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Dow, Tech Stocks Lower With Fed Decision in Focus; UK Reports First Omicron Death - Stock Market Today

Wall Street will try to extend last week's gains, the best since February, ahead of a crucial Fed meeting later this week and worrying developments in the spread of the Omicron variant.

U.S. stocks turned lower Monday as investors look ahead to a busy week of central bank meetings, including a key Federal Reserve decision on tapering, while closely tracking the quickening increase of Omicron infections around Europe.

Stocks pared earlier pre-market gains following a report from the United Kingdom of the first patient to die from an infection of the Omicron variant, which was first identified in the U.K. on Nov. 27.

The news followed a televised address from Prime Minister Boris Johnson yesterday, warning of a "tidal wave" of Omicron infections threatening the world's fifth-largest economy as he pushed for a faster take-up of booster shots as scientists raised their threat-level amid a surge of newly-identified cases.

Alongside the growing Omicron threat, the Fed is widely expected to accelerate the tapering of its monthly bond purchases when it concludes a two-day policy meeting Wednesday, particularly after Friday's data showing the fastest rate of consumer price inflation since 1982 last month. New Fed projections on growth and inflation may also cement market expectations of a June rate hike.

The Bank of England, the Bank of Japan and the European Central Bank will also issue policy statements this week, with concerns over the rising levels of Delta and Omicron infections likely to keep each of the three banks from signaling tighter conditions in the months again, adding to upward pressure on the U.S. dollar.

On Wall Street, a relatively quiet week in terms of corporate earnings will be supported by factory gate inflation data Tuesday, the Fed decision and November retail sales data Wednesday, and housing and weekly jobless claims data on Thursday.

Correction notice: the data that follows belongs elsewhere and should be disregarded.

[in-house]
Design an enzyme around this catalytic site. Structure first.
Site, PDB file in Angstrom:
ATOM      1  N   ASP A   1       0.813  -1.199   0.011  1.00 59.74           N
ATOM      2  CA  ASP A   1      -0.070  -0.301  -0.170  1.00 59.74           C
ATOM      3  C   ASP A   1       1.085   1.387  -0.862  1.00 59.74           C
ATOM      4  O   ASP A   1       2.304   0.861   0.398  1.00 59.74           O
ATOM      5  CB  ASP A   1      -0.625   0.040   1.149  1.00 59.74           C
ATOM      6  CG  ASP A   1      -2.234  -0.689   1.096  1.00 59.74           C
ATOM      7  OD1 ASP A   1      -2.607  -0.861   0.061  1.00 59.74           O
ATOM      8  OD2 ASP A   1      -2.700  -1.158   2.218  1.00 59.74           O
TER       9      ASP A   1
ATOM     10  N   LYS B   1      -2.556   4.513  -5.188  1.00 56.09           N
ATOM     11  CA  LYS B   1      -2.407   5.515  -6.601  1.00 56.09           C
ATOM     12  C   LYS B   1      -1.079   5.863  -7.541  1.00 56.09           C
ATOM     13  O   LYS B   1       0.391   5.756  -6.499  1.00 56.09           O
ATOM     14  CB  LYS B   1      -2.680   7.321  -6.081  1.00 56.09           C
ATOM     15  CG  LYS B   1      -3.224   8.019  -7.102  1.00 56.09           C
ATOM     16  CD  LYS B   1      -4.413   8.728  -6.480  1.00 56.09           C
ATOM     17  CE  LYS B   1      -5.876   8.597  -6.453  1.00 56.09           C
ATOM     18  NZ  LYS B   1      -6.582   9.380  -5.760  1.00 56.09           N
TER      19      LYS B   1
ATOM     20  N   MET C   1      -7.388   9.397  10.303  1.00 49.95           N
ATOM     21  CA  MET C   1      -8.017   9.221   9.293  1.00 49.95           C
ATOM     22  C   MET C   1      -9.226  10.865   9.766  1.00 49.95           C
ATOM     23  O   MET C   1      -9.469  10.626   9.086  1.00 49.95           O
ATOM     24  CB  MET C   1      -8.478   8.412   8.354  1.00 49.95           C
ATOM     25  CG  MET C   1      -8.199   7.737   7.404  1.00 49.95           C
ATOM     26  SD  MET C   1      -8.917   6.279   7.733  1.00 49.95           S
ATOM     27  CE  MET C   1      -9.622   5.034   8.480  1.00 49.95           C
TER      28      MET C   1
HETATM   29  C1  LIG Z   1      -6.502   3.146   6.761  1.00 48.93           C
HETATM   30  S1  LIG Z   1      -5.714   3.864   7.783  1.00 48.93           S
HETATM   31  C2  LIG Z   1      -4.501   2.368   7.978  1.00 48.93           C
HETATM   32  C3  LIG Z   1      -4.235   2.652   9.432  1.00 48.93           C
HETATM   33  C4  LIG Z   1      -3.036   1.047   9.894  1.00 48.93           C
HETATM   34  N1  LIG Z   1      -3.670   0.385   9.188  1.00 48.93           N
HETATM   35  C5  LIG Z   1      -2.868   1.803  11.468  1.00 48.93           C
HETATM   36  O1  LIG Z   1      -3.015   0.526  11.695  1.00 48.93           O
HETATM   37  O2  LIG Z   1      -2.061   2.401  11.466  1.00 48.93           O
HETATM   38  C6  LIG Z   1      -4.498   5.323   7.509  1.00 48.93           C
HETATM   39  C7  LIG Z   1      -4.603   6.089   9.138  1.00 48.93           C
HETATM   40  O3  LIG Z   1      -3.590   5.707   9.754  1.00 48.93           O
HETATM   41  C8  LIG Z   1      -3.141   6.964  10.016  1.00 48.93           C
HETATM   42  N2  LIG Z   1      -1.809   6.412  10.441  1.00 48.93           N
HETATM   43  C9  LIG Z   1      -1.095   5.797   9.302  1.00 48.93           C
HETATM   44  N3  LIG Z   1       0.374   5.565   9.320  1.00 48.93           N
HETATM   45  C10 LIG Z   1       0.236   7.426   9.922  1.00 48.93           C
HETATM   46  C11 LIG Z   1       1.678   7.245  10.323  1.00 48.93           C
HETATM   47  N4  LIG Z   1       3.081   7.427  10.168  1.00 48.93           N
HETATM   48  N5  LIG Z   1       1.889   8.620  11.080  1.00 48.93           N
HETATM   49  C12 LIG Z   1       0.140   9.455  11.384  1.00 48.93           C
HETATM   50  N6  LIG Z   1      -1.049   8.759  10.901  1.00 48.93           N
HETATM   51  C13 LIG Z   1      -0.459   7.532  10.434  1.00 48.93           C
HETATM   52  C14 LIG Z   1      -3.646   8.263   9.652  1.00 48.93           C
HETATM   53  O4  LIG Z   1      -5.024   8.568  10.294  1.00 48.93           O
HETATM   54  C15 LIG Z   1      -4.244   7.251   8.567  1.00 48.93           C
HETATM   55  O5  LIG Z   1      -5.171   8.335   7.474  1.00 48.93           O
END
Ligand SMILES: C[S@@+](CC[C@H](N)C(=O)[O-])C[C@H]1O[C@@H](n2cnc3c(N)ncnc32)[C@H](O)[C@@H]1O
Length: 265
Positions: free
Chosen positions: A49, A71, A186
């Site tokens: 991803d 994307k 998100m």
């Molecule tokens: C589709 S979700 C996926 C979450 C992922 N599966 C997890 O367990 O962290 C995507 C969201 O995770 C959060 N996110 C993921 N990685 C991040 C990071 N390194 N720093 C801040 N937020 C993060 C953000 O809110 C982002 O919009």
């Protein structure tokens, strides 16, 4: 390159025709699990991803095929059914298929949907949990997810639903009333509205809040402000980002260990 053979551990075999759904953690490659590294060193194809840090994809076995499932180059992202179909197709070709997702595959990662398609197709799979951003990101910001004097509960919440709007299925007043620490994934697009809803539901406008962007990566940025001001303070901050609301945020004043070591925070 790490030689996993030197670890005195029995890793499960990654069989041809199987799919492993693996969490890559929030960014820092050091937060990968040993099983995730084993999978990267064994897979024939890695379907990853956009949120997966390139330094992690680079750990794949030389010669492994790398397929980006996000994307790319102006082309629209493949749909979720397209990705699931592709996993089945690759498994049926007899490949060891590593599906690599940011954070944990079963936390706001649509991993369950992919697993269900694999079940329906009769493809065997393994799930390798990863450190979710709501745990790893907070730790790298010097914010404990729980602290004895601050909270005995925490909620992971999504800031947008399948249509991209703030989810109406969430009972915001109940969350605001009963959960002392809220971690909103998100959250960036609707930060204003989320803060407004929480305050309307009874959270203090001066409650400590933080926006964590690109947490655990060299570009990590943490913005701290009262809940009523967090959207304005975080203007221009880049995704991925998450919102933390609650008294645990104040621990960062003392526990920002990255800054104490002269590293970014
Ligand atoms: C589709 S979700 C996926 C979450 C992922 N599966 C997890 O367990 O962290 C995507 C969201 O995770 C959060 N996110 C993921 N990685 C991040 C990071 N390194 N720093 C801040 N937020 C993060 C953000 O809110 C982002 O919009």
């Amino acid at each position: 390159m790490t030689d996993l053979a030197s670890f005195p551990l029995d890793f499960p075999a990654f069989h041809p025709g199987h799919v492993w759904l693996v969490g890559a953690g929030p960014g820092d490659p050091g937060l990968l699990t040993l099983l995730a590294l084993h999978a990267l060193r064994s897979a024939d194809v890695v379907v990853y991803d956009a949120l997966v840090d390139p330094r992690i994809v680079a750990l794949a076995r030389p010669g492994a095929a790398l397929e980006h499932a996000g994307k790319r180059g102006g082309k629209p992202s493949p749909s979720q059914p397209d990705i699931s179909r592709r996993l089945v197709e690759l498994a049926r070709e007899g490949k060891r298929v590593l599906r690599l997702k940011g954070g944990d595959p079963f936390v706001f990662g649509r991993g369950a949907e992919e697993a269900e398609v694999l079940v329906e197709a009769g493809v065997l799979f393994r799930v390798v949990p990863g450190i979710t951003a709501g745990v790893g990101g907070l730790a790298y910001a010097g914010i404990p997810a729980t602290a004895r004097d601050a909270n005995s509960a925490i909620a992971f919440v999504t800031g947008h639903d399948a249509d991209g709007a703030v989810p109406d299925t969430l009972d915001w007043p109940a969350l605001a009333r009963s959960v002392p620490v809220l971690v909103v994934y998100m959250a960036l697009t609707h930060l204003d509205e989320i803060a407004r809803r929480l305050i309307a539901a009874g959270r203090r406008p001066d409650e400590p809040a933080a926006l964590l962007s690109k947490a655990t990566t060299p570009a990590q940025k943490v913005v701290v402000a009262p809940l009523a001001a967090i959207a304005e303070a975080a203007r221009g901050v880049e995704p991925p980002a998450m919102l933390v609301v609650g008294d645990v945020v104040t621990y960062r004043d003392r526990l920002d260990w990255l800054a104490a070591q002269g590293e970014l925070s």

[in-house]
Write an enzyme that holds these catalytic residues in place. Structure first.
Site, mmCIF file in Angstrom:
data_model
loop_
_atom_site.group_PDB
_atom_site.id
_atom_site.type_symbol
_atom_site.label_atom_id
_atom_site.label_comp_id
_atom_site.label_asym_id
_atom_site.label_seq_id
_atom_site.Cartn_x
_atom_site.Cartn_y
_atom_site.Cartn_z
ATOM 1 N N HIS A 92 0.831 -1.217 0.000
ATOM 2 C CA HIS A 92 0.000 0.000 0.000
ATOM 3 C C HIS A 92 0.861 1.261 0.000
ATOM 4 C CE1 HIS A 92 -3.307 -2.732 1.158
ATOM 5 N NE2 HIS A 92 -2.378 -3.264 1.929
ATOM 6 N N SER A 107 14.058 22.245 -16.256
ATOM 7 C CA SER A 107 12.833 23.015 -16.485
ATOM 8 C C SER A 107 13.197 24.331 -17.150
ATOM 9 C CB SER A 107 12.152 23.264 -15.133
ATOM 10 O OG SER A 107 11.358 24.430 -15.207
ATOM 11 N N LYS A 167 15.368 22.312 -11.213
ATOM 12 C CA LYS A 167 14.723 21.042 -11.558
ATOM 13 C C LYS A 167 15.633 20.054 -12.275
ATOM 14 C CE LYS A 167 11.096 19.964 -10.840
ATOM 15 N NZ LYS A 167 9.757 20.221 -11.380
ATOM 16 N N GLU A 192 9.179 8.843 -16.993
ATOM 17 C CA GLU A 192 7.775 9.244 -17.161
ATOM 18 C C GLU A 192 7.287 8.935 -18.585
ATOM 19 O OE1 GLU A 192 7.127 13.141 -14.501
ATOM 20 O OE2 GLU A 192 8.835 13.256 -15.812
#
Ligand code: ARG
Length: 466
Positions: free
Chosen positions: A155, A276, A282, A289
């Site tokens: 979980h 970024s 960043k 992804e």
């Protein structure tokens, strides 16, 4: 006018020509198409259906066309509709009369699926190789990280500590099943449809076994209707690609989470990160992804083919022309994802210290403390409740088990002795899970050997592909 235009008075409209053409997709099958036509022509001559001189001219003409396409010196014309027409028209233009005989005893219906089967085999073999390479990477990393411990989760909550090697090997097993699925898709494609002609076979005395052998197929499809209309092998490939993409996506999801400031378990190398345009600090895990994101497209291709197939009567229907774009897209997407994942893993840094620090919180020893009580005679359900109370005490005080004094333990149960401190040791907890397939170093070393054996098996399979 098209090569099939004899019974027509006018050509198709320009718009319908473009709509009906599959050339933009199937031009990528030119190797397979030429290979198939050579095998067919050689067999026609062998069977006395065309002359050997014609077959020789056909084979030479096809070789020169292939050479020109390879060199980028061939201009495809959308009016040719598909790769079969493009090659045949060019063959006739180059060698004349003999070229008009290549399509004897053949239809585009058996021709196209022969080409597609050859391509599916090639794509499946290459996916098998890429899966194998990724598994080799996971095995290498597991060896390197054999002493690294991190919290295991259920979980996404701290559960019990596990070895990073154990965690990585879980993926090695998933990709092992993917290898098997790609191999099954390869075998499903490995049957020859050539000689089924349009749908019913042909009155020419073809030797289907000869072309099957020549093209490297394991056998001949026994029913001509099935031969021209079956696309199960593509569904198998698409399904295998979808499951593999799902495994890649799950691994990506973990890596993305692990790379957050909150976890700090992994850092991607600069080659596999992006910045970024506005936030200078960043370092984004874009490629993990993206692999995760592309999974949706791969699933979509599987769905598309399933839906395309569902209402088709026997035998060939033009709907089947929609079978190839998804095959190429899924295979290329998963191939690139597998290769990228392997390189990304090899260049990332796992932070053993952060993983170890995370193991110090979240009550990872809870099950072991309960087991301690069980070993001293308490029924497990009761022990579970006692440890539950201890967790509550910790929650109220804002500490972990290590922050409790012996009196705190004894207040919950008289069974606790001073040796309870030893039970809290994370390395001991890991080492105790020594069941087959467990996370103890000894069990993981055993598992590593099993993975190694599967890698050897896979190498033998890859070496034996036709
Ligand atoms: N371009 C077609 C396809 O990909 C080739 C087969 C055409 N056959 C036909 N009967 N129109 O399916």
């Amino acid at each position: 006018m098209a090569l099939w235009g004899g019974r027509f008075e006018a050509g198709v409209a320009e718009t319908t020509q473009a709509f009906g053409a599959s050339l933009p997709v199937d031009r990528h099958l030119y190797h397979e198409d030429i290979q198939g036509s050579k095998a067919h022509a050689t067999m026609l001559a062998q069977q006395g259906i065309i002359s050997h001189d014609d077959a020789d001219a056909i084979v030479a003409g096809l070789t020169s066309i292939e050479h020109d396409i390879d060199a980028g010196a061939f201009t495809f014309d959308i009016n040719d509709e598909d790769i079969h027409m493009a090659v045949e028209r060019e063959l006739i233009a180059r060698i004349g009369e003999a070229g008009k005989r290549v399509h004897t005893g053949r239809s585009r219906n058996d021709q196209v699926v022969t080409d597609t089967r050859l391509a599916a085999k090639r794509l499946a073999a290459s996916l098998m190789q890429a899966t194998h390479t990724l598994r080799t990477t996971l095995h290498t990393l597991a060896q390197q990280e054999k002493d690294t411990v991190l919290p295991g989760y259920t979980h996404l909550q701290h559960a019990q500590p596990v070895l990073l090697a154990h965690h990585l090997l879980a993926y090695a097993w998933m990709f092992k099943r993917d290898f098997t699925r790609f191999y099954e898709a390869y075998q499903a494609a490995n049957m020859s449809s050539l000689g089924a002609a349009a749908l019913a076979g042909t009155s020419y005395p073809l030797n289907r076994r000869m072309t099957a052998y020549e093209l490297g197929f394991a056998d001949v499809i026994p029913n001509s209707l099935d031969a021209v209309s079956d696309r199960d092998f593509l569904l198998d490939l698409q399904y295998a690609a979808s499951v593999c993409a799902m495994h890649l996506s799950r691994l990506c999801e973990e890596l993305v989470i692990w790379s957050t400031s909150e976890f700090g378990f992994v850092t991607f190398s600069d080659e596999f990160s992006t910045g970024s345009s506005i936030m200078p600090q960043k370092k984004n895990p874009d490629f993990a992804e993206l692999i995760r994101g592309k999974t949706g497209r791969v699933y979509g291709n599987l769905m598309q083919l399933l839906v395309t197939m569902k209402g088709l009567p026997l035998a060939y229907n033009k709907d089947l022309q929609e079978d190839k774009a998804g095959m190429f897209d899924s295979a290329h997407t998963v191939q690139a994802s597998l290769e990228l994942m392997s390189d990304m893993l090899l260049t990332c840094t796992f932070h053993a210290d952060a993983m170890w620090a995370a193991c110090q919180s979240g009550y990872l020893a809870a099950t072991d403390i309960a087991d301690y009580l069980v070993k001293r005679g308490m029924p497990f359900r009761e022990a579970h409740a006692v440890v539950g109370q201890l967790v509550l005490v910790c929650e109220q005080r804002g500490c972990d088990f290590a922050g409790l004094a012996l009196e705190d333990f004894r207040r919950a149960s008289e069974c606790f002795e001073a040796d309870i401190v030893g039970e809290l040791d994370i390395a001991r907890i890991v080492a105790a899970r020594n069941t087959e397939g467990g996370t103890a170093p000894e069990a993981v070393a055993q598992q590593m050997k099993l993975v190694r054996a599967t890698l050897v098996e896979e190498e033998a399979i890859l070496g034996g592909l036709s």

The Dow Jones Industrial Average was marked 335 points lower in the opening hours of trading, while the S&P 500 gave back 38 points from last week's gain, the strongest since February. 

The tech-focused Nasdaq Composite fell slipped 175 points at even as benchmark 10-year Treasury note yields fell to 1.448% in early New York trading.

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Apple  (AAPL) - Get Apple Inc. Report attempted to provide some early support as the stock looks set to test the $3 trillion market cap threshold this week following a Monday price target upgrade from JPMorgan, but was marked 0.9% lower in late-morning trading at $178.05 each.

Pfizer  (PFE) - Get Pfizer Inc. Report shares rose 5.2% after it said it would buy San Diego-based biotech Arena Pharmaceuticals  (ARNA) - Get Arena Pharmaceuticals, Inc. Report for around $6.7 billion in cash. Arena surged 84% to $91.80 each.

The shares were given further support from a U.K. study that showed a third shot of the drugmaker's Covid vaccine provides solid protection against Omicron and analysts at UBS lifted their rating and price target. 

Novavax  (NVAX) - Get Novavax, Inc. Report shares jumped 1% after the drugmaker said it will file a package of data linked to its developing coronavirus vaccine with the U.S. Food & Drug Administration by the end of the year.

Rivian Automotive  (RIVN) - Get Rivian Automotive, Inc. Class A Report, meanwhile, gained 0.2% after all-electric Rivian R1T was crowned MotorTrend's 2022 Truck of the Year by the influential magazine over the weekend. 

Peloton Interactive  (PTON) - Get Peloton Interactive, Inc. Class A Report shares were also on the move after the at-home exercise company released a follow-up parody ad providing clarity that it’s Internet-connected exercise bikes don’t necessarily cause people to drop dead.

In overseas markets, Europe's Stoxx 600 was marked 0.44% lower by mid-the close of trading in Frankfurt, with tech and mining stocks leading the session's advance, while the Asia region MSCI ex-Japan index closed out the session with a 0.3% decline.

U.S. oil prices edged lower, pushed down by a stronger U.S. dollar and new data from OPEC showing cartel members boosted their November output by 290,000 barrels per day.

The report, however, also noted that OPEC sees global rising by 1.11 million to 99.13 million barrels per day over the first three months of next year, adding it only expects a "mild and short-lived" impact from the Omicron variant.

WTI futures for January delivery were marked 51 cents lower from Friday's close to change hands at $71.16 per barrel while Brent contracts for February, the global pricing benchmark, fell 58 cents to $74.57 per barrel.